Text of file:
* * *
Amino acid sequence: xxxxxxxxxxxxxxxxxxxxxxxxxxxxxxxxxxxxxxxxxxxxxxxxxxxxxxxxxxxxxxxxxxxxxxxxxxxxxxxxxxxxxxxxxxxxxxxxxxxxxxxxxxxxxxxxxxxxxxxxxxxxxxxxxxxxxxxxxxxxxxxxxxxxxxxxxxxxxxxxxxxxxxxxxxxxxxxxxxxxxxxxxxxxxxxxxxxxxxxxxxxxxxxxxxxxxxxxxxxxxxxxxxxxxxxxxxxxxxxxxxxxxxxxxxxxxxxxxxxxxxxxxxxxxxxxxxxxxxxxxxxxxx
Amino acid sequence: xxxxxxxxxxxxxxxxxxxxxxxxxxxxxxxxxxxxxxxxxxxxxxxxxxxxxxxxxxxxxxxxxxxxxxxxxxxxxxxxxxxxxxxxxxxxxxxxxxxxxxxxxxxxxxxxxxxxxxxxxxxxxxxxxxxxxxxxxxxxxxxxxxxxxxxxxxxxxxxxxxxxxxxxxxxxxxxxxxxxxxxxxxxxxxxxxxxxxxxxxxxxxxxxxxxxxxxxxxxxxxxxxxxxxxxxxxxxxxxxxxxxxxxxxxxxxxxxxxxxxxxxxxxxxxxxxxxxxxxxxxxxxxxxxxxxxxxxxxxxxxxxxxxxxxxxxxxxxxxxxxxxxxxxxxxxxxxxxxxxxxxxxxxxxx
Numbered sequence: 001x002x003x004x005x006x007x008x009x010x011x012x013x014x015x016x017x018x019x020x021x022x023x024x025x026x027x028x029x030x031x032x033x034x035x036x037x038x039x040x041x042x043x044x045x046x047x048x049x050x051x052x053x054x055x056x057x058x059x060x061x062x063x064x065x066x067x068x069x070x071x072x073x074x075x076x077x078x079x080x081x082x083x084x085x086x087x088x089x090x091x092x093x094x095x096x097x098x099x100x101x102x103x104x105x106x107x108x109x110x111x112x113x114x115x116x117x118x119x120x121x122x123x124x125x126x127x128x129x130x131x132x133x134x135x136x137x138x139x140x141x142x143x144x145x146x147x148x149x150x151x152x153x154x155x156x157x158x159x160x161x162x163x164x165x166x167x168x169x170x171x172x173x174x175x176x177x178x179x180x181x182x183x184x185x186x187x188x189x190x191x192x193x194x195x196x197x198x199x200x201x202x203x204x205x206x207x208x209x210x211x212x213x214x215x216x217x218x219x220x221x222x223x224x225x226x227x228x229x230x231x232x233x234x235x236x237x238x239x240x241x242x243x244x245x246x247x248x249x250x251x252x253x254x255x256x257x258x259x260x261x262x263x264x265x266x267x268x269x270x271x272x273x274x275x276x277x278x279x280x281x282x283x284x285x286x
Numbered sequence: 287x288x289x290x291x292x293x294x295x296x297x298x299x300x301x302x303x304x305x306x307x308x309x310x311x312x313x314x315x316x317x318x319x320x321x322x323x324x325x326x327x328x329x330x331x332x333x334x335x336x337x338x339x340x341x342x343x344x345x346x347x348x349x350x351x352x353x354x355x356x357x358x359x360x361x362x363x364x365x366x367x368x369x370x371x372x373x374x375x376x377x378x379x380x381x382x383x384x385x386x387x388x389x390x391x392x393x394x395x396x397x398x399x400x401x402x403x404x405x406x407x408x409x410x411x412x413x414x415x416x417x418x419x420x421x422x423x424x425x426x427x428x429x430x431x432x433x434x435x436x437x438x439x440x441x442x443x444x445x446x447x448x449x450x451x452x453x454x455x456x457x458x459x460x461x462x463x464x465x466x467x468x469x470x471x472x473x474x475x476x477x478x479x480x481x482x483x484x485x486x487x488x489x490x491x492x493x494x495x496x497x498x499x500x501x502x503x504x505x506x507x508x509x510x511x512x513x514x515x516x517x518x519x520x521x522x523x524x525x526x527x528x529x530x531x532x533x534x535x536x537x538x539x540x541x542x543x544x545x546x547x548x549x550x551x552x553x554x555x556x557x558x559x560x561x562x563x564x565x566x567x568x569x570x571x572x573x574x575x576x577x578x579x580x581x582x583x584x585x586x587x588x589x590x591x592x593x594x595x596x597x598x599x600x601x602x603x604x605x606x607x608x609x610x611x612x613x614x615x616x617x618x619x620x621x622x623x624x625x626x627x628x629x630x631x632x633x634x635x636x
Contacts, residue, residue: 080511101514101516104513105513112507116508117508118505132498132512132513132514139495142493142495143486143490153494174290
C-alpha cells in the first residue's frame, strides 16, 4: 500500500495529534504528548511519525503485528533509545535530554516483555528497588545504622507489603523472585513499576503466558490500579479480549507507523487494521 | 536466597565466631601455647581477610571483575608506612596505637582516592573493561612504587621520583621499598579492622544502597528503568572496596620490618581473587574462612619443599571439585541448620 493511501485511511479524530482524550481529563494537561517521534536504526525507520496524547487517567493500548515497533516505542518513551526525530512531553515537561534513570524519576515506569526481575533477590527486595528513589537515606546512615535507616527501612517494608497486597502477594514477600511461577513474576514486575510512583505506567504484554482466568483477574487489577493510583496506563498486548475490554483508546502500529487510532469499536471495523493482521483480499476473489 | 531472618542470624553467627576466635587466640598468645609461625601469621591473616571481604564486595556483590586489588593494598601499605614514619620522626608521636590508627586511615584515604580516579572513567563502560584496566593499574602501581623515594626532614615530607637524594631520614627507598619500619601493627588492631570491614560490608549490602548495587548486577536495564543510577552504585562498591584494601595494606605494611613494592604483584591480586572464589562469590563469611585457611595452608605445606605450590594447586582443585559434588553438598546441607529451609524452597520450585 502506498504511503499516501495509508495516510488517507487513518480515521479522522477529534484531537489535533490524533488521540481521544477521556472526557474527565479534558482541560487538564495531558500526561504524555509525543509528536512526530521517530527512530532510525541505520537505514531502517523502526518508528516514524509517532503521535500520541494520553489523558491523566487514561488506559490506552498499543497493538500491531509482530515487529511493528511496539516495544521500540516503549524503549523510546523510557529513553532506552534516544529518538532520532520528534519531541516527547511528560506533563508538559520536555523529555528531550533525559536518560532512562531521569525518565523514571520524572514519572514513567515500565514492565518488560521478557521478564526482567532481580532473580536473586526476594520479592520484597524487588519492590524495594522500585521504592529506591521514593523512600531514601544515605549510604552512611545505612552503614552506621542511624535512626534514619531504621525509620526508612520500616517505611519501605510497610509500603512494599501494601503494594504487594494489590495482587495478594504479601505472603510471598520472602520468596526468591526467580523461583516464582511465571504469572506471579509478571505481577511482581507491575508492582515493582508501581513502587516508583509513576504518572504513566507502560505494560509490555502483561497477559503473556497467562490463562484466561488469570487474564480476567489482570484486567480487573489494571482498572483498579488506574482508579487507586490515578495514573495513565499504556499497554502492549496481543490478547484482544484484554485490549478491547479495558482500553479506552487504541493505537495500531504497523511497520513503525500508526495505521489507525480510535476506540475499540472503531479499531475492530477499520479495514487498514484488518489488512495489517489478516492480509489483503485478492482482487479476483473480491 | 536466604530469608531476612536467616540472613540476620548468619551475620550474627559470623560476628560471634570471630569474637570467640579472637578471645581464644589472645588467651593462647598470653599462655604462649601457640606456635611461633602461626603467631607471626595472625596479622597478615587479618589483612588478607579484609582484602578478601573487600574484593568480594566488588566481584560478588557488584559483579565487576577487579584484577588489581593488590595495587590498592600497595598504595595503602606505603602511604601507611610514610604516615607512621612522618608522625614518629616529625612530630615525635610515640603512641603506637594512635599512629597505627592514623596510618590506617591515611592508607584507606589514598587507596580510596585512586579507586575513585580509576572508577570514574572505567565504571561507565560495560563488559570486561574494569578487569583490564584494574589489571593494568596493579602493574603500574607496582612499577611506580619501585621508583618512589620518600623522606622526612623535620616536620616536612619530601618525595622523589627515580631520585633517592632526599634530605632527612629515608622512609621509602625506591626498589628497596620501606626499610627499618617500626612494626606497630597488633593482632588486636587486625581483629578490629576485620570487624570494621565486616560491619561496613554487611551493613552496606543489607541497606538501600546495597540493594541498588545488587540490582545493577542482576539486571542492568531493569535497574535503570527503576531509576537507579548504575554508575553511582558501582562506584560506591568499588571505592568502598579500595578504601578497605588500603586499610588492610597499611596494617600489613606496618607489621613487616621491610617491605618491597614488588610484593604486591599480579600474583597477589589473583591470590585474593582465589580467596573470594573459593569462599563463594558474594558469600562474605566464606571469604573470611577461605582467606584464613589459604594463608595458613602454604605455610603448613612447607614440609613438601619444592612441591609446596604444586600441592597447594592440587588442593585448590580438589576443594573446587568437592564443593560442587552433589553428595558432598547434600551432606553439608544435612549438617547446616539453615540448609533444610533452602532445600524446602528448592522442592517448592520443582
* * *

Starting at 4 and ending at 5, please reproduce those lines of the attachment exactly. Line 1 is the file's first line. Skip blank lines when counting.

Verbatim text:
Numbered sequence: 287x288x289x290x291x292x293x294x295x296x297x298x299x300x301x302x303x304x305x306x307x308x309x310x311x312x313x314x315x316x317x318x319x320x321x322x323x324x325x326x327x328x329x330x331x332x333x334x335x336x337x338x339x340x341x342x343x344x345x346x347x348x349x350x351x352x353x354x355x356x357x358x359x360x361x362x363x364x365x366x367x368x369x370x371x372x373x374x375x376x377x378x379x380x381x382x383x384x385x386x387x388x389x390x391x392x393x394x395x396x397x398x399x400x401x402x403x404x405x406x407x408x409x410x411x412x413x414x415x416x417x418x419x420x421x422x423x424x425x426x427x428x429x430x431x432x433x434x435x436x437x438x439x440x441x442x443x444x445x446x447x448x449x450x451x452x453x454x455x456x457x458x459x460x461x462x463x464x465x466x467x468x469x470x471x472x473x474x475x476x477x478x479x480x481x482x483x484x485x486x487x488x489x490x491x492x493x494x495x496x497x498x499x500x501x502x503x504x505x506x507x508x509x510x511x512x513x514x515x516x517x518x519x520x521x522x523x524x525x526x527x528x529x530x531x532x533x534x535x536x537x538x539x540x541x542x543x544x545x546x547x548x549x550x551x552x553x554x555x556x557x558x559x560x561x562x563x564x565x566x567x568x569x570x571x572x573x574x575x576x577x578x579x580x581x582x583x584x585x586x587x588x589x590x591x592x593x594x595x596x597x598x599x600x601x602x603x604x605x606x607x608x609x610x611x612x613x614x615x616x617x618x619x620x621x622x623x624x625x626x627x628x629x630x631x632x633x634x635x636x
Contacts, residue, residue: 080511101514101516104513105513112507116508117508118505132498132512132513132514139495142493142495143486143490153494174290